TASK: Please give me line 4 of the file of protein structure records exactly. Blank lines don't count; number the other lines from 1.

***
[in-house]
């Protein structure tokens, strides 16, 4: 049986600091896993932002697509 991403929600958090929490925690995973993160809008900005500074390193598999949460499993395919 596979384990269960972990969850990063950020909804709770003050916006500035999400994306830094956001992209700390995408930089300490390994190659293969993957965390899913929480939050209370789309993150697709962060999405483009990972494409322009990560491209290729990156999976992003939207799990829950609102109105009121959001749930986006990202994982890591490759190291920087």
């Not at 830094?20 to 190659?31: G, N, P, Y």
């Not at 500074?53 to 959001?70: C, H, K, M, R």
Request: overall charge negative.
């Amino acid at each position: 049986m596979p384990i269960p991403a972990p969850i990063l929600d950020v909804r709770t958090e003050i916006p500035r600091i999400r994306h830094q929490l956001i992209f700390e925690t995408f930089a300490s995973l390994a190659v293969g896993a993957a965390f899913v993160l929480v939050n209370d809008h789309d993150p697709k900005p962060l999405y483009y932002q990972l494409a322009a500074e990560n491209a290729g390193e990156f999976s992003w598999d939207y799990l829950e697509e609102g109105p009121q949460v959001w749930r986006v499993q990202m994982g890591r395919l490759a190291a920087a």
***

């Not at 500074?53 to 959001?70: C, H, K, M, R």